Scottish Borders Council

Agenda item

Supplementary Guidance on Renewable Energy

Presentation by Mr Charles Johnston, Principal Officer – Plans & Research,


The Chairman welcomed Mr C Johnston Principal Officer – Plans and Research, who was present at the meeting to give a presentation on Draft Supplementary Guidance - Renewable Energy 2016. Mr Johnston explained that Scottish Borders Council’s Local Development Plan (LDP) was adopted on 12 May 2016 and one of the recommendations was the requirement to produce Supplementary Guidance (SG) on renewable energy.  A draft SG had been produced which provided planning guidance on a wide range of renewable technologies. Scottish Borders Council (SBC) had approved the SG on 22 December 2016; a 12 week public consultation then began which would end 17 on April 2017. 


4.2       Mr Johnston advised that the role of SBC was to support the principals of sustainable development and renewable energy, within appropriate locations. Mr Johnston then referred to a map which detailed windfarm applications within the Scottish Borders and showed the status e.g. Approved, Pending Decision, Refused or Withdrawn. He explained that SG policy promoted sustainable development, whilst protecting natural and cultural assets.  The Scottish Planning Policy (SPP) reaffirmed support for renewable energy and the requirement to attain national energy targets; the target of which was that by 2020, 100% of electricity should be produced by renewable energy.   However, a balance had to be sought, as it was not about development at any cost.  SBC’s planning system was tasked with facilitating positive change while maintaining and enhancing the distinctive landscape character. 


4.3       Mr Johnston further advised that the main policy within the Local Development Plan for windfarm developments was that if the development was judged to have an unacceptable, significant adverse impact, consent would only be granted if it was considered wider economic and environmental benefits outweighed any potential damage.   Mr Johnston discussed the Spatial Framework which grouped areas into three.  Group 1 identified areas where windfarms would not be acceptable e.g. National Parks and National Scenic Areas.  Group 2 showed Areas of Significant Protection e.g. areas where windfarms might be appropriate in some circumstances if any significant effects could be overcome by siting, design or other mitigation.  Group 3 highlighted areas with potential for windfarm development which would likely be acceptable subject to detailed consideration against policy criteria.   Mr Johnston went on to explain that any developer interested in building windfarms would consider the LDP, Spatial Framework and Landscape Capacity prior to submitting a request.  However, some developers still submitted applications significantly at odds with the Landscape Capacity study. Mr Johnston concluded by stating that turbines were becoming higher for example, 150m turbines, which meant that there was a requirement for appropriate lighting.  In response to a question he explained that applications for expansion of existing windfarm sites or replacement with higher turbines would be considered as new proposals and were dealt with accordingly.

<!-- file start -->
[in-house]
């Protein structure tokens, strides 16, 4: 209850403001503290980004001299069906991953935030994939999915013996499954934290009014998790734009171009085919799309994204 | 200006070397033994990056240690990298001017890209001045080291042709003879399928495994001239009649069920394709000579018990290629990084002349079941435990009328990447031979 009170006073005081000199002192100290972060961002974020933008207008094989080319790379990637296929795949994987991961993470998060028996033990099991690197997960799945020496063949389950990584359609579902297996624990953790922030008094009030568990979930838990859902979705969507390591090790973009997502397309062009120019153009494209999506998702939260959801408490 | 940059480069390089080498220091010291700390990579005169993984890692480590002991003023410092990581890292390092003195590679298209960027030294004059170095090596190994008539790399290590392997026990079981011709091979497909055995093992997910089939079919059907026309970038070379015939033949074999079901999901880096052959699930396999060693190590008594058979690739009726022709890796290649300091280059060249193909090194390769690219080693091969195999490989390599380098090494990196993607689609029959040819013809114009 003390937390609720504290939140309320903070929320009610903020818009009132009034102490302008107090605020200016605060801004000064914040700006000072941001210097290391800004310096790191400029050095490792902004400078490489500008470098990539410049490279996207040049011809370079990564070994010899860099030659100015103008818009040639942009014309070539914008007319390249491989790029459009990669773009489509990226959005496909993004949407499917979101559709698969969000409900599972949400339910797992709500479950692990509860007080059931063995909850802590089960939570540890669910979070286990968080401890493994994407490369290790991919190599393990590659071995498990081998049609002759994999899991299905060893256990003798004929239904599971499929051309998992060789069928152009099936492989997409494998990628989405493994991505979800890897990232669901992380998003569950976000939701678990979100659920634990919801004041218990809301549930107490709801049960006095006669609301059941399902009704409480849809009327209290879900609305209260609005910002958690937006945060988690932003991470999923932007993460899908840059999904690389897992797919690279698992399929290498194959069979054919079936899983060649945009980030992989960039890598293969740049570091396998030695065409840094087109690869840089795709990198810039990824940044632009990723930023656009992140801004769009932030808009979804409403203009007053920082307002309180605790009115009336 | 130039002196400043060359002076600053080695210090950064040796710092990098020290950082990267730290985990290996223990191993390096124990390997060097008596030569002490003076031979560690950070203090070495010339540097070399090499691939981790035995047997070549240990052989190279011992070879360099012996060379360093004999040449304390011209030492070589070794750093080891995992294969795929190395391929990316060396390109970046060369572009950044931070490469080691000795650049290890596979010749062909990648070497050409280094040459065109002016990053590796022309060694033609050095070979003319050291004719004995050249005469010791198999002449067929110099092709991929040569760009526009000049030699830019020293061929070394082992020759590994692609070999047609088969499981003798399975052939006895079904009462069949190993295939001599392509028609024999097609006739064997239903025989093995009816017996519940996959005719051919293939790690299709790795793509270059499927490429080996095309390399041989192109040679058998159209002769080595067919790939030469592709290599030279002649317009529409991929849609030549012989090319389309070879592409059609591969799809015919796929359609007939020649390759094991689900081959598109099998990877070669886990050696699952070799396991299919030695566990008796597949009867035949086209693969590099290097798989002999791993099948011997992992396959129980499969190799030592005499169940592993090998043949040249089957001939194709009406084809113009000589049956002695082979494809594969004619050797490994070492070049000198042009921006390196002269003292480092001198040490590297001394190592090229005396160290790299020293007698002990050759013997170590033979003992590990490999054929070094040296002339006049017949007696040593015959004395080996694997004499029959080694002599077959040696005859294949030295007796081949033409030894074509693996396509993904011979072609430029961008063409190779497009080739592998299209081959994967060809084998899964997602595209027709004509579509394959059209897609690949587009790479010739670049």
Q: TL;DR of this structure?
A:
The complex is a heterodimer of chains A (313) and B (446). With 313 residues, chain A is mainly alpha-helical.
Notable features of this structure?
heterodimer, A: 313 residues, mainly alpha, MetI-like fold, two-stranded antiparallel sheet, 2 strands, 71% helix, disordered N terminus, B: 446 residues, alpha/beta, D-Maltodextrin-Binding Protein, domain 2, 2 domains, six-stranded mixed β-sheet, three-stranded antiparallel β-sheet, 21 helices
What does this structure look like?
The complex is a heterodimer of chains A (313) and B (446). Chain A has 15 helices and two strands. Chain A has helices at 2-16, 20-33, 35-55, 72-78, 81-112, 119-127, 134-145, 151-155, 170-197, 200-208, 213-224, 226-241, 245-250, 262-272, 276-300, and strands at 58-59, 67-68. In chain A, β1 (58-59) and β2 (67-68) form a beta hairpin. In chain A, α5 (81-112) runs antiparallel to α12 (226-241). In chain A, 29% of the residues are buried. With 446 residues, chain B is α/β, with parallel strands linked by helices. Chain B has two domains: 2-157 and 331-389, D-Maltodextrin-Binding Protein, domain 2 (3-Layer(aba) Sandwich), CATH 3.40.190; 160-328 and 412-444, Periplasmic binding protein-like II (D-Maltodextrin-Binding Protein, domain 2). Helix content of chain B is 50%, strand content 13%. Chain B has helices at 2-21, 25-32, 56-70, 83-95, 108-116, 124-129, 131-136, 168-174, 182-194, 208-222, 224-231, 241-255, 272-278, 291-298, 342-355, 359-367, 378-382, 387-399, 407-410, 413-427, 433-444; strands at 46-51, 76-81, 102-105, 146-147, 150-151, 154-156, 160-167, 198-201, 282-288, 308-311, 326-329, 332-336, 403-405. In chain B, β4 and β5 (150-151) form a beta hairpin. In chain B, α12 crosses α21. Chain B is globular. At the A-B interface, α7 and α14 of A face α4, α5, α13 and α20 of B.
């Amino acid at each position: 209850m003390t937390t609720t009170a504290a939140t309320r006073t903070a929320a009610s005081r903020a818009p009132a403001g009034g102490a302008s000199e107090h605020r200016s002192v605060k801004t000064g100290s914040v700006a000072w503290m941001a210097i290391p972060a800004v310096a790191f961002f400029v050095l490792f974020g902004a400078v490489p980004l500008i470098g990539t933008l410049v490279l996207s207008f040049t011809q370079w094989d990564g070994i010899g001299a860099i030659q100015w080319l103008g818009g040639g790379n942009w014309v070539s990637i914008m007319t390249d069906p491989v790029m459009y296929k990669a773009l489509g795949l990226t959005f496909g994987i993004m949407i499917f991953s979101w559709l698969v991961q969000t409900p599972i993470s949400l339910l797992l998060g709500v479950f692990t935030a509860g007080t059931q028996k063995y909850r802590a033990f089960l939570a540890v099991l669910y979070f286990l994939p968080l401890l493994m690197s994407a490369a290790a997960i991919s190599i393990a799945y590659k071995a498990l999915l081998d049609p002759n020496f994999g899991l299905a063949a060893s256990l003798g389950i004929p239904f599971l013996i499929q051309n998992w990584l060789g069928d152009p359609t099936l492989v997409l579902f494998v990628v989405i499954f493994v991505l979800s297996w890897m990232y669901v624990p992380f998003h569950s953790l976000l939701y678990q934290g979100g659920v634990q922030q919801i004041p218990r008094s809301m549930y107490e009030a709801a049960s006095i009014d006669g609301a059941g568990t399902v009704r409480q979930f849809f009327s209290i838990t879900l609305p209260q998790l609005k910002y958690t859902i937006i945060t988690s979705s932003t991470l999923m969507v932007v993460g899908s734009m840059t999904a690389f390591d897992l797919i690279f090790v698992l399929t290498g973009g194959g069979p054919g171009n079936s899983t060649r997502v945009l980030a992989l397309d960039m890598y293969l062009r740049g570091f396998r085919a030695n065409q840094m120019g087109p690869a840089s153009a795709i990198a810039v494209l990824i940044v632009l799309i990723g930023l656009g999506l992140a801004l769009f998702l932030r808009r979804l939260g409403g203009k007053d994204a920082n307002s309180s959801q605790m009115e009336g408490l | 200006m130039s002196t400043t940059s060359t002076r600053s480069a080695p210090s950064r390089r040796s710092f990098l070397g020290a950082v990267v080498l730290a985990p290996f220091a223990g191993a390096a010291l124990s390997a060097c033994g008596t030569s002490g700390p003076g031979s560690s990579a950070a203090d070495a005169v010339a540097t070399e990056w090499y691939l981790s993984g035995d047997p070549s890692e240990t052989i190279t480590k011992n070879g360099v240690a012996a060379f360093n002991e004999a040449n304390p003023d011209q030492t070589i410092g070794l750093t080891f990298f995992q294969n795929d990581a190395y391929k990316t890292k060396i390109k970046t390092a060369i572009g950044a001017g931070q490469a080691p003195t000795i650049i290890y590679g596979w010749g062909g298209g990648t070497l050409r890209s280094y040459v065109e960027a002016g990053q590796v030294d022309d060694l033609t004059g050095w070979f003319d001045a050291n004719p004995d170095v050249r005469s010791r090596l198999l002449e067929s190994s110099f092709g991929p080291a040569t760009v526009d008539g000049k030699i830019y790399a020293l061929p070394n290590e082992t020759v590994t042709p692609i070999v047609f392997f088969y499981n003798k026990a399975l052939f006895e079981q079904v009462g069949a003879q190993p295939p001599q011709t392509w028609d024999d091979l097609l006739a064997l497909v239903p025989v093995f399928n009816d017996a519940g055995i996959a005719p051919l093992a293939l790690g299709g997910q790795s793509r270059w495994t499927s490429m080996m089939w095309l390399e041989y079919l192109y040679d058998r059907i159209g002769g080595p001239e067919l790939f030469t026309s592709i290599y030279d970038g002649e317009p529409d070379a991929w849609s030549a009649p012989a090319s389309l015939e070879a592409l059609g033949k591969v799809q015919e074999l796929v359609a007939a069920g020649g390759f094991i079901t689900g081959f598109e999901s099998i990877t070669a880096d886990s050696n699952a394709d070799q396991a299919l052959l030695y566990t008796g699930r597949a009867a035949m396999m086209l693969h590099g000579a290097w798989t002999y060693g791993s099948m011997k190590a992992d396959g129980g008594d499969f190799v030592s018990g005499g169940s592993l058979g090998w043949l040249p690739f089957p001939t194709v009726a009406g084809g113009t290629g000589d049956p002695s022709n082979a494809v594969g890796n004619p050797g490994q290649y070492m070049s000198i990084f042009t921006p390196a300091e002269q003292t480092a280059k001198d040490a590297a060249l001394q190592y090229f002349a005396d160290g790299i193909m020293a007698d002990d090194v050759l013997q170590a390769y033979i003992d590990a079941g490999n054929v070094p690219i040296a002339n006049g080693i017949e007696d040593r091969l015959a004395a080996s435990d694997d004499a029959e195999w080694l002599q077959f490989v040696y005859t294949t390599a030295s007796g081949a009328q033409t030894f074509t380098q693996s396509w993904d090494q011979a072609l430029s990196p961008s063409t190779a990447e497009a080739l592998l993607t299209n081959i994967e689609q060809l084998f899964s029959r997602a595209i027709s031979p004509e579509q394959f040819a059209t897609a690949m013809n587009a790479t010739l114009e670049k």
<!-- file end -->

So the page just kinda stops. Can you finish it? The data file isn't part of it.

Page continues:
4.4       There followed a discussion when a number of issues were raised.  It was highlighted that there appeared to be a conflict between text and maps with regard to the interpretation of what were considered to be a ‘turbine landscape’ as opposed to, for example ‘a landscape with turbines’. Mr Johnstone was also asked about the changes to categorisation of turbine typologies which had been changed from 3no to 5no which allowed more accurate and definitive text to be applied.  Specific reasoning as to why the Landscape Study indicated the preferred typology types stated were largely outwith Mr Johnston’s remit as these were proposed by the Landscape Consultant and Development Management officers.  Mr Johnston was also asked to comment on the public impression that SBC were imposing far less restrictions on developments than before.  Mr Johnston explained that SBC were dictated to by Scottish Government and were trying to maintain a balance between the government’s promotion of windfarm developments and local landscape issues.  SBC had refused a number of applications but the government had overturned their decisions.    With reference to a question about decommissioning of sites, Mr Johnston advised that the lifespan of the majority of wind turbines was 25 years and then they would be removed unless applications were submitted for repowering on the sites.  However, he was unsure if when decommissioning, the concrete bases on which they were positioned, would also be removed as no applications had yet been submitted to test this issue.   Mr Johnston concluded that all responses to the public consultation would be considered and there would be an update on the findings referred to Members in summer 2017.  Councillor Smith, Chairman of the Planning and Building Standards Committee, added that if anyone wished to discuss their concerns further he was available out with the meeting. 








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